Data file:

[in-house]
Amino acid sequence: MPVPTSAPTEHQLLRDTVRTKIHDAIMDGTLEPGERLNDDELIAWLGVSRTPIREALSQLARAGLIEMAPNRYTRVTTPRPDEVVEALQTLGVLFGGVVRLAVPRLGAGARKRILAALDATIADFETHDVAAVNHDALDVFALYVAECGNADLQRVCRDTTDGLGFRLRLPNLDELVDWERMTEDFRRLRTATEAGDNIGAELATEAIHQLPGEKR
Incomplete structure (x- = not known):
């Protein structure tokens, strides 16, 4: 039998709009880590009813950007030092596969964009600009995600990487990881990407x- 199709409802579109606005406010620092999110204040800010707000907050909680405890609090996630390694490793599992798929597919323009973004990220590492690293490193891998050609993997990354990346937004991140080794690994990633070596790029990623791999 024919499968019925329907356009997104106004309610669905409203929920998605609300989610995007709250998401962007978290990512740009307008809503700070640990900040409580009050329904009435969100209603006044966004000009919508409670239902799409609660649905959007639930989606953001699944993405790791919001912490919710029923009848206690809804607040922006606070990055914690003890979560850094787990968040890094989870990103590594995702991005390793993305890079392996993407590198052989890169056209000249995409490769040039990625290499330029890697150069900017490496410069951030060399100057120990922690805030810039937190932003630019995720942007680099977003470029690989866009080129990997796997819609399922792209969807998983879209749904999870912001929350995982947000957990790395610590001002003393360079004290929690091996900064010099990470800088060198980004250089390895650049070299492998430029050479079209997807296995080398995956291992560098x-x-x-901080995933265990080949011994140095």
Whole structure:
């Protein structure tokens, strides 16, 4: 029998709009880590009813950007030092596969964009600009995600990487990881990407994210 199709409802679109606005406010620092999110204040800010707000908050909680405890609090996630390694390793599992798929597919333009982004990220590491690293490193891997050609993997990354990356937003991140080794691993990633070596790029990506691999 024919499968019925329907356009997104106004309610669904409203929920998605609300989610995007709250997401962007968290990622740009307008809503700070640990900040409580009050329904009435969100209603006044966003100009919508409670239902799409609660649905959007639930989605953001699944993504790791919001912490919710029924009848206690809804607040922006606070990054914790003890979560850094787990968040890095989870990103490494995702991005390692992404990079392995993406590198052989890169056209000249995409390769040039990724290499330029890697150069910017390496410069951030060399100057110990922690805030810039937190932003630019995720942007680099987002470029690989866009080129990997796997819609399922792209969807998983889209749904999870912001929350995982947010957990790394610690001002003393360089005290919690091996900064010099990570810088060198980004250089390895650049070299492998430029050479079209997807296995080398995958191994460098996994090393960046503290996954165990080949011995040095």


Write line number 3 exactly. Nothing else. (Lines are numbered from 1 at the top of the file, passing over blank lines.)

Incomplete structure (x- = not known):